10miles out of Porthmadog, is a big hill... big hills and bodged pipe repairs don't mix. A sulphurous smell filled the cab and as we slowed steam surrounded us from all angles, like some 1940's romantic film at the station! We got out the cab and while I went for a walk to find the source of the sound of a beautiful river, the driver got to work on a repair.

The HIAB's next party trick was awesome too... with the flick of a button in the cab the whole front section levered itself forward, to reveal the smouldering remains of the driver's repair!

The magical jubilee clip just couldn't hold the pressure, and had come loose.

So away the driver went (it was now tipping it down, and I couldn't wait in the cab because the cab floor was at 45 degrees and the door was now about 8ft up in the air!

Soon a Haulage repair company turned up and set to work on the repair. Thinking it would be a quick job I stayed to watch. Turns out it wasn't and so before I got trench foot, I got the ladder out and went up into my yacht on the back of a lorry, went and sat at my desk and played cards...

Now I'm not the best at cards, in fact I'm pretty hopeless, ask my housemates of 67 pjm. So when it looked like I was gonna finish off my game of solitare, you can imagine my disappointment as the driver tapped on the hull of the boat and said time to go!

The disappointment was soon reduced as we sped off down to Ynyslas.

Upon arrival we were greeted by the staff and other people who live at the yard. In the dark, wind and rain they stood at the gate, wearing matching red head torches, and guided us in to the boats eventual mooring spot.

As I made my apologies for the delay, while introducing myself to my yard mates, I was soon whisked away to be shown the woodburner Lloyd had made me... I had been pricing up alternative places to get a stove from fearing this stove would be a bodge job. Oh no she was a beauty, the smallest wood burner I've ever seen, but beautiful. The yard had been working on her all winter to perfect her, and she was now, well perfect!

Once everything was sorted with the haulage and chocking up the trailer I headed into Borth to get the bus or train back to Aber, get a few things and sort out a few things.... Borth's further away than I remembered! Luckily I hitched a lift in with a lovely gent who owns a Snapdragon at the yard as luck would have it. He drove me into Borth, where I used the payphone (I know they do still exist!) to call in the ex that made this all possible to give me a lift back to Aber.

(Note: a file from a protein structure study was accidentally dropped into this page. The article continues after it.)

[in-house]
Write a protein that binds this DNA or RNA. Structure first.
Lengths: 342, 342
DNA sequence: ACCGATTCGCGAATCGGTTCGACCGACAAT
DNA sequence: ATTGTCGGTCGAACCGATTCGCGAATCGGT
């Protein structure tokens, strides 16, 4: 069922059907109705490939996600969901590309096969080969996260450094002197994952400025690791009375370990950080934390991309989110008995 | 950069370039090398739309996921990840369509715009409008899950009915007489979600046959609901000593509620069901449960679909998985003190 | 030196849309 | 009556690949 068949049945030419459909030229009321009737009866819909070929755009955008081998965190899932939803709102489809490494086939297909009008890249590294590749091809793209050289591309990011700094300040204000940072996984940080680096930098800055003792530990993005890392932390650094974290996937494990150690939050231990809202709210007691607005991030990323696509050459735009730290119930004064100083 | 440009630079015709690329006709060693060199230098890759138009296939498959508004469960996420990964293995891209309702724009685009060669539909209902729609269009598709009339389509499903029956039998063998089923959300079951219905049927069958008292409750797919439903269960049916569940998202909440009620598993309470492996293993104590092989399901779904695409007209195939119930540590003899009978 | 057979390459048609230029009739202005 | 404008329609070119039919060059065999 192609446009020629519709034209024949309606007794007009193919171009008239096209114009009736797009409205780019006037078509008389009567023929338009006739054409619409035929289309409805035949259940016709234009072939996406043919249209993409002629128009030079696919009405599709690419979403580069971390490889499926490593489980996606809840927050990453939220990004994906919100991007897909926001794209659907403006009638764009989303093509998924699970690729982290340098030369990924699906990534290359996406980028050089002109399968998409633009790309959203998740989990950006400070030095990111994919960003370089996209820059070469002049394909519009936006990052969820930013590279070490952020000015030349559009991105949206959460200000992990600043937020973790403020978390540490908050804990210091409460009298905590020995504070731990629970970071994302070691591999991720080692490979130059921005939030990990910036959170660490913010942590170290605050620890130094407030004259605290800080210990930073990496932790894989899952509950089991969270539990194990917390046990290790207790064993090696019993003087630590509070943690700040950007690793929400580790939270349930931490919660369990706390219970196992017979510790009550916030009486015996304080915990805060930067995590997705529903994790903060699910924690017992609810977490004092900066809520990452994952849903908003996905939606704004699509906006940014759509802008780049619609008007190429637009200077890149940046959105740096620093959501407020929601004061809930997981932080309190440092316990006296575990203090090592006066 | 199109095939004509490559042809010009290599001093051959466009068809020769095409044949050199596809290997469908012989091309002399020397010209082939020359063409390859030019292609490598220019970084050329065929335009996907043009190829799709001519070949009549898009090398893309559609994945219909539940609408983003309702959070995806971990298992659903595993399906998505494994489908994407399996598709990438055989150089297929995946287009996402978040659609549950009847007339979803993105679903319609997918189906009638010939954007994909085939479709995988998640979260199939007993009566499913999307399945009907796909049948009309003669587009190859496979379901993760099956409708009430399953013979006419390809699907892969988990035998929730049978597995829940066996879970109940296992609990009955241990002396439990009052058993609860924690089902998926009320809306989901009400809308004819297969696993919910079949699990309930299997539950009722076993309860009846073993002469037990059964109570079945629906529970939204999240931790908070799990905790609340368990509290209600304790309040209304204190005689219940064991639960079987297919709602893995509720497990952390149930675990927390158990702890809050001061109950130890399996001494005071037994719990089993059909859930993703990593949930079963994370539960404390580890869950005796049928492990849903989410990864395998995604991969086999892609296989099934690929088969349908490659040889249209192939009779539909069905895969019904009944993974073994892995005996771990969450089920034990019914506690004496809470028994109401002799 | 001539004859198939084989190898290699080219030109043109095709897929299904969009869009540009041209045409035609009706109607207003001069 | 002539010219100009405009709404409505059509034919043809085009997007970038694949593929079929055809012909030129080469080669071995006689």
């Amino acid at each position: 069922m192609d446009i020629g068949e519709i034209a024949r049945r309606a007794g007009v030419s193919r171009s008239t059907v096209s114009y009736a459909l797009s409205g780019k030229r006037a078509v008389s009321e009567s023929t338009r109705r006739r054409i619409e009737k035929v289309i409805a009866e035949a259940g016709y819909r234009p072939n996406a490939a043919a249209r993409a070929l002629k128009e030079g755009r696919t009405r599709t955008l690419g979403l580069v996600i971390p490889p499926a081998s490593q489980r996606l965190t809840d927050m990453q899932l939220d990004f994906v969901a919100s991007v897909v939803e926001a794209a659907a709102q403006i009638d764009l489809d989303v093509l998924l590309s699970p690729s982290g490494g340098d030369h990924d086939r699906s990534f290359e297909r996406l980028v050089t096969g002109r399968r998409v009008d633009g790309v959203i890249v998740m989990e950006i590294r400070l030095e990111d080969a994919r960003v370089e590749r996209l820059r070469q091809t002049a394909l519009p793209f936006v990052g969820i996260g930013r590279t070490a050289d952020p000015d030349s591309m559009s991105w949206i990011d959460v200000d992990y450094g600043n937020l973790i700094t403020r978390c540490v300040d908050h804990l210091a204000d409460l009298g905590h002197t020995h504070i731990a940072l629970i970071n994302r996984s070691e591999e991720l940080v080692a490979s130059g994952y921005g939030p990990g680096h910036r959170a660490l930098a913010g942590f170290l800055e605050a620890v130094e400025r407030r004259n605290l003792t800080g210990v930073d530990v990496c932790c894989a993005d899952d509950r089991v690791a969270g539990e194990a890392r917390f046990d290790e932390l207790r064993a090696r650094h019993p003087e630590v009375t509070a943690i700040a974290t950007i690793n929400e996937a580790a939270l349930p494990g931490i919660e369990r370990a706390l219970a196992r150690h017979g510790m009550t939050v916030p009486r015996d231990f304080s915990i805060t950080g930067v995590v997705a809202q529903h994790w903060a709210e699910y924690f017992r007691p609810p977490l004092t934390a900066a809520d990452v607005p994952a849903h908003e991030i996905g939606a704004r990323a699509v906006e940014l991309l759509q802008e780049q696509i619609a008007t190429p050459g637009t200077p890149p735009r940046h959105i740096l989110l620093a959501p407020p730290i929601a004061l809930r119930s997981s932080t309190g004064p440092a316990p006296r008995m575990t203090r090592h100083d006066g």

On arrival back in Aber, I charged my phone just enough to txt Jo who'd kindly brought up my kayak to say I was now here. And within moments we were back on out way with my kayak to the yard to slot her under the boat! (The bilge keel hugs the kayak light like a mother monkey to her child!)

One last sleep in town, in a bed, tho for this night before moving out properly.

Next morning I buy some things the boat needs, before heading to the yard to have the burner fitted. Out with the toilet in with the stove, fair swap I feel!

As the welsh rain fell, I quickly devoured a tin of beans before a few knocks with the hammer made a cowl to stop the rain coming down the chimney.

Soon after I started my first meal on the stove, Eggs and Bacon, my god was it tasty!

The boys at the yard have been fantastic so far, they've sorted everything out I could ask, they've lent my any tool I need, and they've given every piece of advice I could ever ask for. for this I'm forever grateful.

The next day I had work 9-5 cleaning up and preparing the hotel I work at for the new season, a long day, but good fun. The staff at work (and almost everyone I've met along the way) have all been so accommodating helping me out. At work they offered to help find me anything I needed for the boat, while also giving me a supply of firewood (in green grocer crates) some food (in the store of apples left from this years harvest), and various utensils I required. Bless the boss he's also lent me a shed for storing my excess gear, and is letting my mother stay over at the hotel when she comes to help me out onboard. 

After work I cleaned out the old flat with the ex as the contract ran out the following morning. Moving is always a stressful thing, but something about cleaning out a flat, that represents the future you were building was quite hard to take.

The boss then drove me back out to the yard, and the expressions from his face when he viewed the boat were a sight to behold. When I've brought mates to the boat they've seen that yes its small but its got everything and its perfectly adequate. He just had blind fear in his face, its making me chuckle just thinking about it. 

This brings me back to a conversation I had with the ex that evening. She said she felt sorry for me, in that I had little cash, and had almost been forced into taking the option of this tiny yacht, and she thought it might make me sad. 

When I thought about it though, I realised at the moment, I'm feeling the happiest I've ever felt. I've got a cool quirky house that has my every need, I'm living in a way that's frugal and relatively good for the planet, every penny I'm spending on my boat is something I am more than likely gonna make back when I sell her instead of going into the pocket of some landlord, I live in a amazing beautiful place, I can go kayaking whenever I feel (indeed yesterday morning I kayaked up river collecting firewood before breakfast), I get to cycle across some of the most gorgeous scenery in the world to get to uni, I'm surrounded by brilliant funny people who want to help me and want to have a good time, I have so many opportunity's with these people to do amazing things. Many people only have the experiences I've had in these first few days once in there life. Most only get to do the things I'm doing on holiday. Most people never have times like these. And for these reasons, I feel the richest and happiest I have ever felt... Long may it continue!